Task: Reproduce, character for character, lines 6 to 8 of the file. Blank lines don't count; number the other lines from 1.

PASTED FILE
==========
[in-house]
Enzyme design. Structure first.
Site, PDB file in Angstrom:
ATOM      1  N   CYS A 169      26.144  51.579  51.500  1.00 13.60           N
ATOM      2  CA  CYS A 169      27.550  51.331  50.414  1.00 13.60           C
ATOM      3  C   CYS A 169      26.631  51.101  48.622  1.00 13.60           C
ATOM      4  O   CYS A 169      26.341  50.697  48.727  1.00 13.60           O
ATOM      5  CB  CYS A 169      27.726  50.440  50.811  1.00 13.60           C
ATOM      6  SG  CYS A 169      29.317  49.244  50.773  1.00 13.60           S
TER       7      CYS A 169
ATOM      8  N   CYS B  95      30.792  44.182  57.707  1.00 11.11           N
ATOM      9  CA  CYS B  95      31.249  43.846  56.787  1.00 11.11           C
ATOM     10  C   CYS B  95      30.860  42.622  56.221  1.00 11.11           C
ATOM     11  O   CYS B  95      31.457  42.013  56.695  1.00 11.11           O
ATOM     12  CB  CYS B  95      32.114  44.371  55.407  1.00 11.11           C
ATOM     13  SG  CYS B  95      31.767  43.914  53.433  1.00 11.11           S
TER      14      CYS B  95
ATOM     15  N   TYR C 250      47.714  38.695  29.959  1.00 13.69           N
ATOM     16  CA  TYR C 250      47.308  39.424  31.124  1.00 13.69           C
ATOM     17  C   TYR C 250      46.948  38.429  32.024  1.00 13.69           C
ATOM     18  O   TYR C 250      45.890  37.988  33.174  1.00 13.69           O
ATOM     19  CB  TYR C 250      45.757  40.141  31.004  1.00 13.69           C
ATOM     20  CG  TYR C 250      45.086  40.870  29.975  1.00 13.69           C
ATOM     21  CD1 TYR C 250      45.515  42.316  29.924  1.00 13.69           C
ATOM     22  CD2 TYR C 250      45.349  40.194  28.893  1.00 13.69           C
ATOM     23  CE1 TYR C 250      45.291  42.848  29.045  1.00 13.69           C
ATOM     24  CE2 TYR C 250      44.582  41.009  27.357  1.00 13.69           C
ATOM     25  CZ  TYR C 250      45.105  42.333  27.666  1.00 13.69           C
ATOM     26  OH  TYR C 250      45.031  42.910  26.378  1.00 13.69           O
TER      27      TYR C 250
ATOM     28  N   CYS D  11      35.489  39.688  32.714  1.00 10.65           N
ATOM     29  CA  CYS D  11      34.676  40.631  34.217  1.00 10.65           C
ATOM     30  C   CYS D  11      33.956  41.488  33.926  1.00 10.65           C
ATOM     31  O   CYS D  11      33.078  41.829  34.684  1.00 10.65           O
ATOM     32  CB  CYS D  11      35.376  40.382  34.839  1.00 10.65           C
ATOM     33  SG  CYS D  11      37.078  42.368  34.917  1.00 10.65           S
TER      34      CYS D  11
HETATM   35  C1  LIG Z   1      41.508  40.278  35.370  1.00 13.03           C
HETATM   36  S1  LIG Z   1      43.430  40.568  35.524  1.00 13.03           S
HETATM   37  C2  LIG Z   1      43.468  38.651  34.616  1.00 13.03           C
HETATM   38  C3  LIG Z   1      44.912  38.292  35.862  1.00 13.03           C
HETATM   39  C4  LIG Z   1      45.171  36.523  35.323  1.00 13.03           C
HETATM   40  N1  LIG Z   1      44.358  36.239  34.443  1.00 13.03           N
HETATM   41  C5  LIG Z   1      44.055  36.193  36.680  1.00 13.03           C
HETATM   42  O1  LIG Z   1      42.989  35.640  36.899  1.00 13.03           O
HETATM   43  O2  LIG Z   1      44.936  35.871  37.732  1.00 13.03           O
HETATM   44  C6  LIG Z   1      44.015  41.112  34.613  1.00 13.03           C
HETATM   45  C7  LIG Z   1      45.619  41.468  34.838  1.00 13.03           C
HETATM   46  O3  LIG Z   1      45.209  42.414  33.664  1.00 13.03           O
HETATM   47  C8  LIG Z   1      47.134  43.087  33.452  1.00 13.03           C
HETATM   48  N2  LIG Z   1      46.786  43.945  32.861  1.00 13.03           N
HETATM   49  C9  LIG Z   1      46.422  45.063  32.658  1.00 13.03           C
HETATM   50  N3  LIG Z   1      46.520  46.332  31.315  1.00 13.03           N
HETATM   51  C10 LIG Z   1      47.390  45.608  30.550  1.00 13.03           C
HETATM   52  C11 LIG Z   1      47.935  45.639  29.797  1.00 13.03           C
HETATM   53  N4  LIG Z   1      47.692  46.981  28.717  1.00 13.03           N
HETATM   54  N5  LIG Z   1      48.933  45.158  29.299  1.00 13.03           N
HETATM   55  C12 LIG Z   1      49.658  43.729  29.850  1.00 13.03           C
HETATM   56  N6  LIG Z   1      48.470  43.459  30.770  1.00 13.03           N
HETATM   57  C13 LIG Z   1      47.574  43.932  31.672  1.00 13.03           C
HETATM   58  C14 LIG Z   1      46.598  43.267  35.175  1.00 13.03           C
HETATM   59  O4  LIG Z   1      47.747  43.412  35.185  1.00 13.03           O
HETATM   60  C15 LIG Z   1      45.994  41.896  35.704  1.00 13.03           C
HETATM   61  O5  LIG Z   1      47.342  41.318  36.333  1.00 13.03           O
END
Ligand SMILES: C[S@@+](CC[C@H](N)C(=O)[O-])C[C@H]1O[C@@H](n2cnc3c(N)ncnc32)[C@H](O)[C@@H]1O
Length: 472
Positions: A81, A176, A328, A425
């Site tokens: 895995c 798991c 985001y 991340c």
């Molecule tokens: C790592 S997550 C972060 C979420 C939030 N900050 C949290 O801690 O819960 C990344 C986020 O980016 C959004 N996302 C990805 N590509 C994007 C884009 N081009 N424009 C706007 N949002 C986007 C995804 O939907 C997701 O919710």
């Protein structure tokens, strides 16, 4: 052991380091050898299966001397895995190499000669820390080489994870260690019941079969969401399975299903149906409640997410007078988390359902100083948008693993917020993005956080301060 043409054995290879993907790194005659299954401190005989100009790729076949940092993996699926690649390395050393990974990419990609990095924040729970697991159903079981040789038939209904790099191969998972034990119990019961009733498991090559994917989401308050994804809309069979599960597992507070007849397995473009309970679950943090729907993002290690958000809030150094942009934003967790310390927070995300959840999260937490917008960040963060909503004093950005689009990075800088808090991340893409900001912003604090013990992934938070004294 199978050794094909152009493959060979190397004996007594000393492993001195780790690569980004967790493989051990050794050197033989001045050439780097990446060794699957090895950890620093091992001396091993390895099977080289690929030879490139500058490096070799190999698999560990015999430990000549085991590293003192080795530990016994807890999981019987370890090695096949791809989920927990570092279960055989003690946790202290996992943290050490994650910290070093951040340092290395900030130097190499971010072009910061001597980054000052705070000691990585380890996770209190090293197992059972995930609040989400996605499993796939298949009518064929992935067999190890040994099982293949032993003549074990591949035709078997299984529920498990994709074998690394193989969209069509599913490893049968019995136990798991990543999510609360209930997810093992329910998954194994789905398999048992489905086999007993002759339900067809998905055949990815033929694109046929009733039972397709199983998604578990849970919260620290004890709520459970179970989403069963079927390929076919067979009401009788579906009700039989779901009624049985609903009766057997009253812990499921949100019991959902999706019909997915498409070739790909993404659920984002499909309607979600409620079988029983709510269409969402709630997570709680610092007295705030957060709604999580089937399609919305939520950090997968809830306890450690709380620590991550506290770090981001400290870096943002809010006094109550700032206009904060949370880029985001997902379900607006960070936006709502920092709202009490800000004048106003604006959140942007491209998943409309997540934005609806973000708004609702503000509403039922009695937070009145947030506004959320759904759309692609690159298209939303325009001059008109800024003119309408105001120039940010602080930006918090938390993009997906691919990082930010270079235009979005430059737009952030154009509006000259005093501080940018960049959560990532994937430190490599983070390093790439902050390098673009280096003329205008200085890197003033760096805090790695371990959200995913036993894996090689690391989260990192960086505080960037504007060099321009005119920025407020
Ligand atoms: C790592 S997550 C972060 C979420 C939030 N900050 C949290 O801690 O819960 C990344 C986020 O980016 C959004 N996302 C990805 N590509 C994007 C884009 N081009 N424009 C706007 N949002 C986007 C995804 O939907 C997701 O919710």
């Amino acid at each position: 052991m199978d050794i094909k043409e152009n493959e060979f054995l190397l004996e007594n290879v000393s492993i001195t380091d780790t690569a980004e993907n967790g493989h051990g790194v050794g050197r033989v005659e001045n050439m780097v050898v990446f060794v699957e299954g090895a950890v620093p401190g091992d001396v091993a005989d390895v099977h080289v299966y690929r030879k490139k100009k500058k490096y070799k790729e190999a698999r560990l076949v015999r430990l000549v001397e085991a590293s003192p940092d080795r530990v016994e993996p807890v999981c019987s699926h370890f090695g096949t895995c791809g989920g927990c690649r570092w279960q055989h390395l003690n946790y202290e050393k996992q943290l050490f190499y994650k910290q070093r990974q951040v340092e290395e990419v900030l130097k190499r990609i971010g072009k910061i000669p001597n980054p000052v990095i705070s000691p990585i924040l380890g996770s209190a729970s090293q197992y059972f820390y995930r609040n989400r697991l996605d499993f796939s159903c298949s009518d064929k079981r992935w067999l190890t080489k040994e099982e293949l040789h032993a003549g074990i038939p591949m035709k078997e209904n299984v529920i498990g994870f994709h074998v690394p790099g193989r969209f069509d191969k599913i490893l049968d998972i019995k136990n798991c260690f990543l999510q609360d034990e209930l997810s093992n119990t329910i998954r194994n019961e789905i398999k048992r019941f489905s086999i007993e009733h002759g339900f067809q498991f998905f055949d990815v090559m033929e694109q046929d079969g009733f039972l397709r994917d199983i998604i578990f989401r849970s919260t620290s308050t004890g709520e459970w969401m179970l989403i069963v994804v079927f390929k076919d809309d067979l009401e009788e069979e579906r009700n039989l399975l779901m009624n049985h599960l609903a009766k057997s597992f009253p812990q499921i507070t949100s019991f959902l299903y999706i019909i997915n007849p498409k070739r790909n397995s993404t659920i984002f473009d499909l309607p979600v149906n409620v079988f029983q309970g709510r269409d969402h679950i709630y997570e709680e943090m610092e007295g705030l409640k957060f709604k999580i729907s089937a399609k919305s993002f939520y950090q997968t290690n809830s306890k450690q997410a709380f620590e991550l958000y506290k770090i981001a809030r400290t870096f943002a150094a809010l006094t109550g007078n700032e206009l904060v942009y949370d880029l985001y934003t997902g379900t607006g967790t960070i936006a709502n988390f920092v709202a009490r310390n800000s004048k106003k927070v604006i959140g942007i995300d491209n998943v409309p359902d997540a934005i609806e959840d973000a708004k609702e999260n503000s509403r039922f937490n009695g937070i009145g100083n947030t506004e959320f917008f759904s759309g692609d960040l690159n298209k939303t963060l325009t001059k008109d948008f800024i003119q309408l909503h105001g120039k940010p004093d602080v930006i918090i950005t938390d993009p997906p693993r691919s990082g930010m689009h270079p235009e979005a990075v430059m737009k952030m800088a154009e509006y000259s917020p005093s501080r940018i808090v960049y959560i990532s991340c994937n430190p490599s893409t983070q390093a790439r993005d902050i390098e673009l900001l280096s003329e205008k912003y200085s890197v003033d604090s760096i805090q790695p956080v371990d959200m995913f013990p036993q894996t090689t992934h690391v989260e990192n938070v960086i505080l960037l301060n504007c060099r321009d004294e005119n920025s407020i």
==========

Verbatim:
ATOM      3  C   CYS A 169      26.631  51.101  48.622  1.00 13.60           C
ATOM      4  O   CYS A 169      26.341  50.697  48.727  1.00 13.60           O
ATOM      5  CB  CYS A 169      27.726  50.440  50.811  1.00 13.60           C